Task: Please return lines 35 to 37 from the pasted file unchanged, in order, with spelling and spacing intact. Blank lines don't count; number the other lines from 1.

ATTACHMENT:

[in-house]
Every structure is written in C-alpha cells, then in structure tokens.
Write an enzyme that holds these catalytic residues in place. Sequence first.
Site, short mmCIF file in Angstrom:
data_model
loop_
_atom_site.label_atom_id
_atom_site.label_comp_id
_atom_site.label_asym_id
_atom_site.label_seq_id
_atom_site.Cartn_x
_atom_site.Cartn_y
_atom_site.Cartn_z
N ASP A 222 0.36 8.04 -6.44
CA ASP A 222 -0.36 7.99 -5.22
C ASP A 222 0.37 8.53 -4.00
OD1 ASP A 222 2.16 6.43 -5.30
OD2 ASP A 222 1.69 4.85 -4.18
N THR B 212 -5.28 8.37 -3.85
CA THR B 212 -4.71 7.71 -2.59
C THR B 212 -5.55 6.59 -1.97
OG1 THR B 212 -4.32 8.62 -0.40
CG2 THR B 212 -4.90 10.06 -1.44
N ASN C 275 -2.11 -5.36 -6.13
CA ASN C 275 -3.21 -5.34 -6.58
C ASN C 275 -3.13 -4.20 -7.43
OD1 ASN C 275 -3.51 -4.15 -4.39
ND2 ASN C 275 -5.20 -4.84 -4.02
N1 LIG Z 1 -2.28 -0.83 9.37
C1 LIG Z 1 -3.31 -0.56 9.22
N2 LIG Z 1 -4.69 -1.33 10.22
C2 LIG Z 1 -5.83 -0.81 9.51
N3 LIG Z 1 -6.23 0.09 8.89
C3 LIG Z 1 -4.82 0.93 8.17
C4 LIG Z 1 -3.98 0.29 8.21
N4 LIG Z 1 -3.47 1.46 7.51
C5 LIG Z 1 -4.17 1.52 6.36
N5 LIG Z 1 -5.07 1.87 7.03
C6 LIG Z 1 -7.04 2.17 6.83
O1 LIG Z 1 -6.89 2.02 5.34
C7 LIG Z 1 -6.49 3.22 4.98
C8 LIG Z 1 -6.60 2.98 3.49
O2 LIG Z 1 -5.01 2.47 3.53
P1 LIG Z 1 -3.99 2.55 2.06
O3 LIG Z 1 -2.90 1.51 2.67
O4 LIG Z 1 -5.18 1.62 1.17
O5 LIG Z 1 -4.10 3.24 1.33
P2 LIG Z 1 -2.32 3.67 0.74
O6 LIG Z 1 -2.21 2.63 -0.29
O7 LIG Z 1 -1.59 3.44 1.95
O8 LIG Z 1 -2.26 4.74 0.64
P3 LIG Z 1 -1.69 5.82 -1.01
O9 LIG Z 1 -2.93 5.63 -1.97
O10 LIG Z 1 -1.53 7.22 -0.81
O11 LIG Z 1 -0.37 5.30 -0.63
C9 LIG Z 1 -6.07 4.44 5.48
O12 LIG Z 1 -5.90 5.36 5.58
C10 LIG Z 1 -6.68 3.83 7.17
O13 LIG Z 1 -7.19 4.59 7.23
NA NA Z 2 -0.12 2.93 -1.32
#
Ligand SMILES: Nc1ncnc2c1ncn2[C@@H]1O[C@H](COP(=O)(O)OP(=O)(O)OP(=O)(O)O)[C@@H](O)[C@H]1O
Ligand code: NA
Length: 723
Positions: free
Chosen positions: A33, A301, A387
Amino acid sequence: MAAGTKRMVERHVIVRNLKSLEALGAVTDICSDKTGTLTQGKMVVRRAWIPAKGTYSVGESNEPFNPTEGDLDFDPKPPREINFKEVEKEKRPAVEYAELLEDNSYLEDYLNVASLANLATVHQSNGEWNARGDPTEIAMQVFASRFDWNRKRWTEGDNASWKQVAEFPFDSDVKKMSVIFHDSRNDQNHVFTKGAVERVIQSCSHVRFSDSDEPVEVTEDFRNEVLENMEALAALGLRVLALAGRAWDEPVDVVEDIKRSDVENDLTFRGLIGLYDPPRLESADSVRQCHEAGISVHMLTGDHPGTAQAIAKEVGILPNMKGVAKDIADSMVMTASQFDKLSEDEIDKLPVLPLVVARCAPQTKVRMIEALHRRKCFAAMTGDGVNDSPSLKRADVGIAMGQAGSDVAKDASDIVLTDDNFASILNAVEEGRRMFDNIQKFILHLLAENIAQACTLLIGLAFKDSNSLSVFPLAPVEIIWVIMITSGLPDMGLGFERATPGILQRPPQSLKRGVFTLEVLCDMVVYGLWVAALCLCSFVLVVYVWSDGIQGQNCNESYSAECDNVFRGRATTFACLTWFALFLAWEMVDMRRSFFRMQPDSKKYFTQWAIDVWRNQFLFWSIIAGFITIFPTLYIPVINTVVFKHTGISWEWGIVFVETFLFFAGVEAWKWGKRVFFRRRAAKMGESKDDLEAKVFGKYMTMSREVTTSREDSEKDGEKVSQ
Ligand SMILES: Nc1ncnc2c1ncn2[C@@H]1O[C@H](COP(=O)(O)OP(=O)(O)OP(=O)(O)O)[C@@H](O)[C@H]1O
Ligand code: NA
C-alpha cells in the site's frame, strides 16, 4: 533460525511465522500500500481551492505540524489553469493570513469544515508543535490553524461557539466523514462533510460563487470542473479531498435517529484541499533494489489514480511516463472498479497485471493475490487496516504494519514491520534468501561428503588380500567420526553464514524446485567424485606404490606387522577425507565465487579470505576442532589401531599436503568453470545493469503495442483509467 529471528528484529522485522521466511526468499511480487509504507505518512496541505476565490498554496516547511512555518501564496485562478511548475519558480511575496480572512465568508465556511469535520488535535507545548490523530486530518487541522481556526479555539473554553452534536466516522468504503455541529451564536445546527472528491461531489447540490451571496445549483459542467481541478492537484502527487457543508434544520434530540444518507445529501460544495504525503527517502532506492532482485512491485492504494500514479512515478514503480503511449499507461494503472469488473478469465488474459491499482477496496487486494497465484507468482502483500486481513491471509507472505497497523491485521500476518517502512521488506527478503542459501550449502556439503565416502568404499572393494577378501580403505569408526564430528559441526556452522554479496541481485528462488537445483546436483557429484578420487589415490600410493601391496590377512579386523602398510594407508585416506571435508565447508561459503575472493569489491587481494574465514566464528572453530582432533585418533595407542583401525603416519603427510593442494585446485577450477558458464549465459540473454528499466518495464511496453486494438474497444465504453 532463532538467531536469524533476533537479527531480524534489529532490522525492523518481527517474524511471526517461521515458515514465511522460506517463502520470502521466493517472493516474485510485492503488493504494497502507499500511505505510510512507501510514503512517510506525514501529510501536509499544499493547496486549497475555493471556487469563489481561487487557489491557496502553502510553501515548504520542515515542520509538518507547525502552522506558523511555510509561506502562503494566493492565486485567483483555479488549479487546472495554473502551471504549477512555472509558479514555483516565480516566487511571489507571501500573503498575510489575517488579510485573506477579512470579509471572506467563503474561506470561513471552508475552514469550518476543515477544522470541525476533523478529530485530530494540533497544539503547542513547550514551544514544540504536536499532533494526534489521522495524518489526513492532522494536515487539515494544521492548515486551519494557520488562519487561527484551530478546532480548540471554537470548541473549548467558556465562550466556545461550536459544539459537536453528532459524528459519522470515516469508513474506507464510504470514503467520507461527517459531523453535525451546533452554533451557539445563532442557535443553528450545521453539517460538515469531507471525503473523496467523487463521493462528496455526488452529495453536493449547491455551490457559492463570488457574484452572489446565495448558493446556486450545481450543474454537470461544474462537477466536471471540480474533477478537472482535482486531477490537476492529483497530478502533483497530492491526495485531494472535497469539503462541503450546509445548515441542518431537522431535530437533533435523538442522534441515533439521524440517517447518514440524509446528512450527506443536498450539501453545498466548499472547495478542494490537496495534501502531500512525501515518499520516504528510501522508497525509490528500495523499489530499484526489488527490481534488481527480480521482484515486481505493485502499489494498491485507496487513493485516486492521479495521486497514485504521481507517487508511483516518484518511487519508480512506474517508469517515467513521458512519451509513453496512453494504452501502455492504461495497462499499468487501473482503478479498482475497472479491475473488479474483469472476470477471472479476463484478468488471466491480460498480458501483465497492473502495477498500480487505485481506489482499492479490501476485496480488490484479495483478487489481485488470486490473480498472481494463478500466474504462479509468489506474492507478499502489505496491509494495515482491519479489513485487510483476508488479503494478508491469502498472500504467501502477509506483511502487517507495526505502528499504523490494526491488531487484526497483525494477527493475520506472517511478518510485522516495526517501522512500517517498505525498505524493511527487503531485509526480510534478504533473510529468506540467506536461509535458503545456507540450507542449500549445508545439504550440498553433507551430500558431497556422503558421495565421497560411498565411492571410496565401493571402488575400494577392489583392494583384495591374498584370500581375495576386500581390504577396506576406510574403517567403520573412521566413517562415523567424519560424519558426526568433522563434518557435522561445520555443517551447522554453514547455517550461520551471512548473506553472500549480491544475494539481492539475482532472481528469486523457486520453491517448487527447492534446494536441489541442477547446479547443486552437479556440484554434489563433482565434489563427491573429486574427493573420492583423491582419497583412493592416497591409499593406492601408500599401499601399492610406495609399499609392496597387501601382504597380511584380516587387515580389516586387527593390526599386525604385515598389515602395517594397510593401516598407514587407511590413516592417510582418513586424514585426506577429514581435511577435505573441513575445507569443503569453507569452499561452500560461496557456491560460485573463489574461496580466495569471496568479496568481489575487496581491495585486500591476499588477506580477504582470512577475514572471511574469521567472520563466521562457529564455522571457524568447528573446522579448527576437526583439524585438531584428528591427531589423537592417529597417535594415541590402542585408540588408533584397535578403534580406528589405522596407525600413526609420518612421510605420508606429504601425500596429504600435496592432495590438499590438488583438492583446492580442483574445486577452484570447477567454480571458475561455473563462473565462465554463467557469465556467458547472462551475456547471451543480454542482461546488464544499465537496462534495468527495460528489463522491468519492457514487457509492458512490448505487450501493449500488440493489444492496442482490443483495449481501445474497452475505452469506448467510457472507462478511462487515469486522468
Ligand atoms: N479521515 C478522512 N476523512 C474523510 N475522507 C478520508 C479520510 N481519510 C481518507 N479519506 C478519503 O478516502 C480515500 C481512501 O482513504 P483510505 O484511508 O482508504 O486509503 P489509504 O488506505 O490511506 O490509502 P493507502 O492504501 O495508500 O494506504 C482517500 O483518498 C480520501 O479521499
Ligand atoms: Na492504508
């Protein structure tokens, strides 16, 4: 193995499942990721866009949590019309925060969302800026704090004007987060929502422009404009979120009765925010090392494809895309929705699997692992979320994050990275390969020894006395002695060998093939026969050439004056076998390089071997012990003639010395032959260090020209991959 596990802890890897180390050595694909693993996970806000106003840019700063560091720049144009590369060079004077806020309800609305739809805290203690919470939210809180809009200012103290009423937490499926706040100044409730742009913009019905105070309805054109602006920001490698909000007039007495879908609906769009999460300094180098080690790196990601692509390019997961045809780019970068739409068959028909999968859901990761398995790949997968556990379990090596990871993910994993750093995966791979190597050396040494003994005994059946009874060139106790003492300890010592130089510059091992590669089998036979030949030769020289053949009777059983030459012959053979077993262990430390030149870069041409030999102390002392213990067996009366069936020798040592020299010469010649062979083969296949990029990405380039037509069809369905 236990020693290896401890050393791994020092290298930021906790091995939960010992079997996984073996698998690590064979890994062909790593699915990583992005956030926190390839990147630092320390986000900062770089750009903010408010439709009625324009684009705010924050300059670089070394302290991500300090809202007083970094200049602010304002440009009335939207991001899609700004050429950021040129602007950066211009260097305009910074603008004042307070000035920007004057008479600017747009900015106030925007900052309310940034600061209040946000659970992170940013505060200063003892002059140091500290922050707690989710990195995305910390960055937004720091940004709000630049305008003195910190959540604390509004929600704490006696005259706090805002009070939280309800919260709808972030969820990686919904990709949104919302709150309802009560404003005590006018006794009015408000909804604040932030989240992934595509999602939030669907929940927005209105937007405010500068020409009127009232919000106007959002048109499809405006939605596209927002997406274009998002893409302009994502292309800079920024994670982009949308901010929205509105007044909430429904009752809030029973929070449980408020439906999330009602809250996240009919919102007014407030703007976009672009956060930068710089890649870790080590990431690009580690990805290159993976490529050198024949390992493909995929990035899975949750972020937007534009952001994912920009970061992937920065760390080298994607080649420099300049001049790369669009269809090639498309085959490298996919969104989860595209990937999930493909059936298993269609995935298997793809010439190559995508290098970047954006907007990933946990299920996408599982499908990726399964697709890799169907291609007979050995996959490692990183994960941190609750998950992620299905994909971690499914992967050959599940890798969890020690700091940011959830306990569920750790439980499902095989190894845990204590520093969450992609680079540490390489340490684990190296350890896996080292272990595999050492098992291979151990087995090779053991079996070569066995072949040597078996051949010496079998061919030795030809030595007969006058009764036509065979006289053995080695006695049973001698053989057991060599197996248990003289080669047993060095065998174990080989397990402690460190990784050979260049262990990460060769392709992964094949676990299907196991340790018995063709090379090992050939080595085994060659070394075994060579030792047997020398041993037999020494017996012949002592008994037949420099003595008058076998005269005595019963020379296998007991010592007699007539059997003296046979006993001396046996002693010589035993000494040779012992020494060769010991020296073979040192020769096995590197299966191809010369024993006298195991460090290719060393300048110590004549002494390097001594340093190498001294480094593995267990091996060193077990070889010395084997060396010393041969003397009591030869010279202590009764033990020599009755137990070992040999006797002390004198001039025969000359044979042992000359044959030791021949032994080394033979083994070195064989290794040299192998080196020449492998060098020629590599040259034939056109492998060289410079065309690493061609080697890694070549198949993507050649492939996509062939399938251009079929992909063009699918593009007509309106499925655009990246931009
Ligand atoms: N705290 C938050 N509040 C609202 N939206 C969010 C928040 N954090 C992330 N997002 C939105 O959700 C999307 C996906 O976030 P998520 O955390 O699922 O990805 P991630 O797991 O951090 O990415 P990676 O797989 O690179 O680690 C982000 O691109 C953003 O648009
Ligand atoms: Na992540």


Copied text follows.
C4 LIG Z 1 -3.98 0.29 8.21
N4 LIG Z 1 -3.47 1.46 7.51
C5 LIG Z 1 -4.17 1.52 6.36